God also commands the Jewish people to perpetually remember this day, and one of the key commands in the remembrance of the Passover is the prohibition of eating any bread with yeast. The Jewish people were to remove all yeast from their homes on the first day of Passover, and for these 7 days, there can be no trace of yeast in their homes. The consequences for disobedience were severe. Anyone found with yeast in their house would be cut off from the Jewish people. A holy assembly was to take place on the first and seventh day of the Passover, and no work was to be done apart from preparing food on these days.

The holiday of matza, unleavened bread, was to be celebrated for seven days. No bread made with yeast was to be eaten during this time.

Moses told the Jewish elders to select the Passover lambs to be killed, and to place the blood of these lambs on the sides and top of the doorframe. No one was to go outside that night. That Passover night, God will see the blood on their doors and pass over their houses, while destroying the first born sons of the Egyptians.

The Jewish people did what the Lord commanded, and during that night, God killed the firstborn of the Egyptians and their animals, and judged the false gods of the Egyptians. Pharaoh then told Moses and Aaron to take the Jewish people, and their animals, and leave Egypt. When the Jewish people left Egypt, they received gold and silver from the Egyptians. They also left without yeast in their bread, due to leaving in such a hurry.

Roughly 600,000 Jewish men, along with the Jewish women and children, and their animals, left Egypt. They were free from slavery and oppression. They were joined by many Gentiles as well. The time spent by the Jewish people in Egypt was 430 years.

The parasha ends with God’s commands to dedicate the firstborn of the Jewish people, and their animals, to Him. Every firstborn son was to be redeemed, and any firstborn donkey not redeemed with a lamb was to have its’ neck broken. Moses tells the Jewish people to observe, and teach their sons to observe, the Passover when they come into the Promised Land, and that the consecration of their firstborn sons and animals are to be taught to their sons as a remembrance of God’s mercy and power in taking them from Egypt to the Promised Land.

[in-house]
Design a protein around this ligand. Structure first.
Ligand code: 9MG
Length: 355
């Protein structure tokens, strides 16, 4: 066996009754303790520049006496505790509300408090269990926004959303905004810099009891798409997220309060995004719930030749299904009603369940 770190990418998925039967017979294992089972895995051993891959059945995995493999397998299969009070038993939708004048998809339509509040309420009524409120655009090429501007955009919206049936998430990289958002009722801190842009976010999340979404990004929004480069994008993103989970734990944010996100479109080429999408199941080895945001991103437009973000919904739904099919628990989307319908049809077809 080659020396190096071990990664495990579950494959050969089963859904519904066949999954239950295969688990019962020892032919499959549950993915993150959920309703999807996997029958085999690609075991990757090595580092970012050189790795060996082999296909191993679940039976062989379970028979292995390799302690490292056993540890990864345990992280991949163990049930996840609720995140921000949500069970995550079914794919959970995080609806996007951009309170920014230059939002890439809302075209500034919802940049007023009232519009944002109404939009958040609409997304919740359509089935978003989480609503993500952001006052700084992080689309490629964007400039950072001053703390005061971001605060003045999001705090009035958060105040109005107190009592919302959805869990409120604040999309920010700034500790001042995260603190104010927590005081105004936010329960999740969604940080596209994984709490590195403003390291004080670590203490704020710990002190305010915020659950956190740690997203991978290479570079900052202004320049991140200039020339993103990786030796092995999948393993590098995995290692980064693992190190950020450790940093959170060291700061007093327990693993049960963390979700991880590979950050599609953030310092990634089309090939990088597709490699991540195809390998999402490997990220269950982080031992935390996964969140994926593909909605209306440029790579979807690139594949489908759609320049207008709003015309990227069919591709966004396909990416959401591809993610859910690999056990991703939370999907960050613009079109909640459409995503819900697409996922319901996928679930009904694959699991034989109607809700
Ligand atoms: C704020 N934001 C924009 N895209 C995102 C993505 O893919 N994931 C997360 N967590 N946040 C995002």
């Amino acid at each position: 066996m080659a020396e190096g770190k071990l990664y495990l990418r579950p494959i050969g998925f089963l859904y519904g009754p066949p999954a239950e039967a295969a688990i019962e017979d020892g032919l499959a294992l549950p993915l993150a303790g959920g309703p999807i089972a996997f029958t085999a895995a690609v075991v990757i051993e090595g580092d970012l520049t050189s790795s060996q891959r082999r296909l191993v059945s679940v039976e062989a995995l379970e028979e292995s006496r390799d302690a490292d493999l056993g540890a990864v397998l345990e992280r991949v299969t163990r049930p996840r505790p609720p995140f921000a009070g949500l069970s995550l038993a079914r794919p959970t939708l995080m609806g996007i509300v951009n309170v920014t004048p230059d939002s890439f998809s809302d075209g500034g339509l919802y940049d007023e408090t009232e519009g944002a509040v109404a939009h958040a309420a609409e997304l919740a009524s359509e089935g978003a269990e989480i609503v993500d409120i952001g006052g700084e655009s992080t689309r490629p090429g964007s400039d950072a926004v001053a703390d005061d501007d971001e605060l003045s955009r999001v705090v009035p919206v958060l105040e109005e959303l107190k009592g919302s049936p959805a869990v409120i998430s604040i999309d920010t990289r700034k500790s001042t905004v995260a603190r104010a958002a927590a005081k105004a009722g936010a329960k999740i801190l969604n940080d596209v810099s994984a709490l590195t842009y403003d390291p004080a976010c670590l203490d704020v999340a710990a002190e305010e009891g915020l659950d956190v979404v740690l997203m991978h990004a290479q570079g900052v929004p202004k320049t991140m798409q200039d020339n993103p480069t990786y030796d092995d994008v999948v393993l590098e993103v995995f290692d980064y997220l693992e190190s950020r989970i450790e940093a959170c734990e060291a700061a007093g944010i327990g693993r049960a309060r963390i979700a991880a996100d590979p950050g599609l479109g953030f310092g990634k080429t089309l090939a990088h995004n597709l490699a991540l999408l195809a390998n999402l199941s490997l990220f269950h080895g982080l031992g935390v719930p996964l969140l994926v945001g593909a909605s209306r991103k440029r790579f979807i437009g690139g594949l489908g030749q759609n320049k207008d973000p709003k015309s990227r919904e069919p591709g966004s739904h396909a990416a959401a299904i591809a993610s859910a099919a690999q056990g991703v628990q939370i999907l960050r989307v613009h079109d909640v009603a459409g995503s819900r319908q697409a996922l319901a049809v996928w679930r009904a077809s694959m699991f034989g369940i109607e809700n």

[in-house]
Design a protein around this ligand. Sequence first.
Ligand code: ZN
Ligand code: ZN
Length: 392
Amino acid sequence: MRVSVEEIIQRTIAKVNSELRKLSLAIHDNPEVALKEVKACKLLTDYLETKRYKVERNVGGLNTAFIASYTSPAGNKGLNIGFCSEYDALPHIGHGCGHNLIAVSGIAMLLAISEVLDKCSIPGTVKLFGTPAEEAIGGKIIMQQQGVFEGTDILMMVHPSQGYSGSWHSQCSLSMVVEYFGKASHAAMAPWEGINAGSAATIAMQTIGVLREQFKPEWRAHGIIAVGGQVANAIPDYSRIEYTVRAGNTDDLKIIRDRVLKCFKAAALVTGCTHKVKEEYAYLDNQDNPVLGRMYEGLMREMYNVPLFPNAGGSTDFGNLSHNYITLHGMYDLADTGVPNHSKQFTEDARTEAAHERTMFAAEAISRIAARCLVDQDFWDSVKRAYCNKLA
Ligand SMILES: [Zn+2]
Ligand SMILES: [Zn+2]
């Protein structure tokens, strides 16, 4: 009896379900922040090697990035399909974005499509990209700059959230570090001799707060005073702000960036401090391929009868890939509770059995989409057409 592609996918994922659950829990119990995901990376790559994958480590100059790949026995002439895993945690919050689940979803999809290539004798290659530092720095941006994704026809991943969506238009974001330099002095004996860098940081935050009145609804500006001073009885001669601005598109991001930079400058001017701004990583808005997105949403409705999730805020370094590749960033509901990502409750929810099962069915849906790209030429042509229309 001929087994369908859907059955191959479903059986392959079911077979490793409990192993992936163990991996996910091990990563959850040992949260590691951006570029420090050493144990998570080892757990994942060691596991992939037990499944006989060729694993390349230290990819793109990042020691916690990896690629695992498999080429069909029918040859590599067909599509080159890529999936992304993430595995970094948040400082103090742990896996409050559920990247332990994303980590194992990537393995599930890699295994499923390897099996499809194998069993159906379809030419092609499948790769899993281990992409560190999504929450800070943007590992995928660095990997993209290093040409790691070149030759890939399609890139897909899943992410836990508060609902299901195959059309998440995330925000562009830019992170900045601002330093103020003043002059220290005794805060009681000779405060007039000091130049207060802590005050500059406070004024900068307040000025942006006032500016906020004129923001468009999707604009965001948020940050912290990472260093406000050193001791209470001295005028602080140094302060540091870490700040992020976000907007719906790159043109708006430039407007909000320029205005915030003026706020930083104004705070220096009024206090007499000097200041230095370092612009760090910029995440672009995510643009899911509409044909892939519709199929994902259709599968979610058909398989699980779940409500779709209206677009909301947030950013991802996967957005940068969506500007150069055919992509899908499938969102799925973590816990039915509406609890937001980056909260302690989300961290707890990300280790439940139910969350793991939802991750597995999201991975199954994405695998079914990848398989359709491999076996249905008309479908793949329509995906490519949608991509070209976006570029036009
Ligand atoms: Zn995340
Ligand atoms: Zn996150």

In looking back at this passage, we see that Pharaoh’s heart was hardened for God’s purposes, so that God would show both the Egyptians and Jewish people that He alone is God, and there is no other. When people are determined to disobey God, He may let them remain in their sin, but use their stubbornness to accomplish His purposes. Let’s humble ourselves before God, and be obedient to His commands so that doesn’t happen to us!

We also see the importance of remembering God’s power when He delivered the Jewish people from slavery through the celebration of the Passover, and that innocent blood is used to cover God’s people from His wrath. However, the blood of the Passover lambs was a temporary covering, and could never eternally cover humanity from the penalties of sin. But we have a perfect Passover Lamb – Messiah Yeshua, who provided eternal atonement for all who believe in Him as Lord and Savior. And just like the Passover lambs, the bones of Yeshua, the Lamb of God, were not broken when He died on the cross for the redemption of our sins.

Just as the Jewish people were to remember the redemption of their firstborn males and God’s deliverance in the Passover, let’s constantly remember that the redemption for our sins was provided by Yeshua’s sacrifice, and boldly tell others about our faith in Him!